The cost of climate change gets worse every year.
As the earth gets warmer and wetter, insurance rates increase and the government's financial burden gets bigger — as do our tax levels.
"In recent years you've seen sometimes hundreds of billions of dollars in damages that can be attributed to climate change," said Bob Litterman, a founding partner of the investment firm Kepos Capital and chair of its risk committee.
The damages include climate-fueled hurricanes, wildfires or rain storms.
He and two other experts put a dollar amount on the cost of inaction on fossil fuels in a University of Minnesota policy brief from earlier this year: $24 trillion for five years of delay.
In other words, the equivalent of a worldwide recession.
Litterman said a strong, global carbon tax could keep warming below 2 degrees Celsius from pre-industrial levels — but it needs to happen now. In fact, he said current policies favor production and consumption of fossil fuels.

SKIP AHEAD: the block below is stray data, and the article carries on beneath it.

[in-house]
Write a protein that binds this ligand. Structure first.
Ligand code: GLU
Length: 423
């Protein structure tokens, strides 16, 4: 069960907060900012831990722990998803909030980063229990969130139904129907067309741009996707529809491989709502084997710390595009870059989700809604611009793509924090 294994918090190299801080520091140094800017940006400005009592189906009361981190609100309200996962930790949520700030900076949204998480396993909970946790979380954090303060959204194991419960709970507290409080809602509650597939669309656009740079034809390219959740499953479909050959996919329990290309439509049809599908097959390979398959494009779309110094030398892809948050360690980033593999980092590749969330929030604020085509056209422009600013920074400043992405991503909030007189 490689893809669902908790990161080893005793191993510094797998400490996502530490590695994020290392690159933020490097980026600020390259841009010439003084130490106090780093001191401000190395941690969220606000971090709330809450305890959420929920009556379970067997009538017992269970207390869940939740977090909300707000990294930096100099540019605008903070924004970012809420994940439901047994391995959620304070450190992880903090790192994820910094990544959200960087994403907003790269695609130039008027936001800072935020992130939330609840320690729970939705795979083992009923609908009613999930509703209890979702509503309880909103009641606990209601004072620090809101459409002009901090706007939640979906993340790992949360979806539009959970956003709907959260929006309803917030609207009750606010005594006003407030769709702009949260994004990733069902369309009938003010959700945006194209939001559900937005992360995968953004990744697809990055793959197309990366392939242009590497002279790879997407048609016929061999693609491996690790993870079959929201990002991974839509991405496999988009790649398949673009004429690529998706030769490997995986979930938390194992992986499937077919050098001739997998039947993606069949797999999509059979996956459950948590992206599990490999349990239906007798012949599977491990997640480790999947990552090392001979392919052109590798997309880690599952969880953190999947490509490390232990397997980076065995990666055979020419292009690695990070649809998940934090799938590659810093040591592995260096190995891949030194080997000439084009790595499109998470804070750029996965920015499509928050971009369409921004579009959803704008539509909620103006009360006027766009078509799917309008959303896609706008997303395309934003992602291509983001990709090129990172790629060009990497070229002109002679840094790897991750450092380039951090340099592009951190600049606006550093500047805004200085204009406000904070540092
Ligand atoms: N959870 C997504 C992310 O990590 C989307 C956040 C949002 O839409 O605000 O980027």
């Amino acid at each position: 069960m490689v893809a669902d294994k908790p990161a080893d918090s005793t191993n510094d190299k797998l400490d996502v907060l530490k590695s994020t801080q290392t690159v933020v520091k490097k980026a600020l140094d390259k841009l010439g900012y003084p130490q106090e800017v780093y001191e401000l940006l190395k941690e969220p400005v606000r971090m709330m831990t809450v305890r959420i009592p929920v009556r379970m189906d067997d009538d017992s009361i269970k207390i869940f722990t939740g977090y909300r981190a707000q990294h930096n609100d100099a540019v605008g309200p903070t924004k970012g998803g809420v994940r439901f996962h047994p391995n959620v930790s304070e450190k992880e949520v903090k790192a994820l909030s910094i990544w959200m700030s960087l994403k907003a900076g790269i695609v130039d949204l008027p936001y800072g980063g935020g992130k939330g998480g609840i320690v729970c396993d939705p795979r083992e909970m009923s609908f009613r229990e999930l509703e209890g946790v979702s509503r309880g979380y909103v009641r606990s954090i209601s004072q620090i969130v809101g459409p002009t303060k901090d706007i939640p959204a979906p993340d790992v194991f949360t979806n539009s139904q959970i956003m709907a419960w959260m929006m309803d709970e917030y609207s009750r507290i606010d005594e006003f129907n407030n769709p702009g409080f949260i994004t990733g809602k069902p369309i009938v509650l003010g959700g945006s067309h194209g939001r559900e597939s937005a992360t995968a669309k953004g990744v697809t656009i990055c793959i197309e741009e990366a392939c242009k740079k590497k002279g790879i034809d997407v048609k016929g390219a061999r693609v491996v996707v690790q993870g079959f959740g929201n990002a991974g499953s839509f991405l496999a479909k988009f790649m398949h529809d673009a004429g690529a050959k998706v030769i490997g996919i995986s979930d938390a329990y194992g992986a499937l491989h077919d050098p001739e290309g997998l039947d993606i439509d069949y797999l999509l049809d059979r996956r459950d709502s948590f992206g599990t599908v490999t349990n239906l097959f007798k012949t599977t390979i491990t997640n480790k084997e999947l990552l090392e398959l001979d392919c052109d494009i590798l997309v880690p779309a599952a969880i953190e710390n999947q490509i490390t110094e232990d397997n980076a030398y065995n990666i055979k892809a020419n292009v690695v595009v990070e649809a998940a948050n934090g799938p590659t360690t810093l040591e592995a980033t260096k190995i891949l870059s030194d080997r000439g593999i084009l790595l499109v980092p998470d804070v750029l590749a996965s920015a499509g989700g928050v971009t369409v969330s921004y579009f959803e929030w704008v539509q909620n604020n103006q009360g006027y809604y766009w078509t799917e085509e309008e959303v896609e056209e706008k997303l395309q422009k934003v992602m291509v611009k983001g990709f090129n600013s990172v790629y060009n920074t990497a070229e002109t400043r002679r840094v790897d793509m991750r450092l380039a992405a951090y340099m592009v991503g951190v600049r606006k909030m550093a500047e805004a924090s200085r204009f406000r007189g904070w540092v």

His policy brief suggests a $40-per-ton carbon tax could by 2030 reduce emissions to 63 percent of their 2005 levels.
If such a tax didn't go into place until 2030, a year scientists have identified as a likely climate tipping point, he said warming would exceed 2 degrees Celsius.
"That may not seem like a lot," Litterman said, "but given where we are today and what we're already seeing, for the people who are living, say, 40, 50 years in the future when we will hit those peak temperatures, another 3/10ths of a degree Celsius could mean a major difference in their world."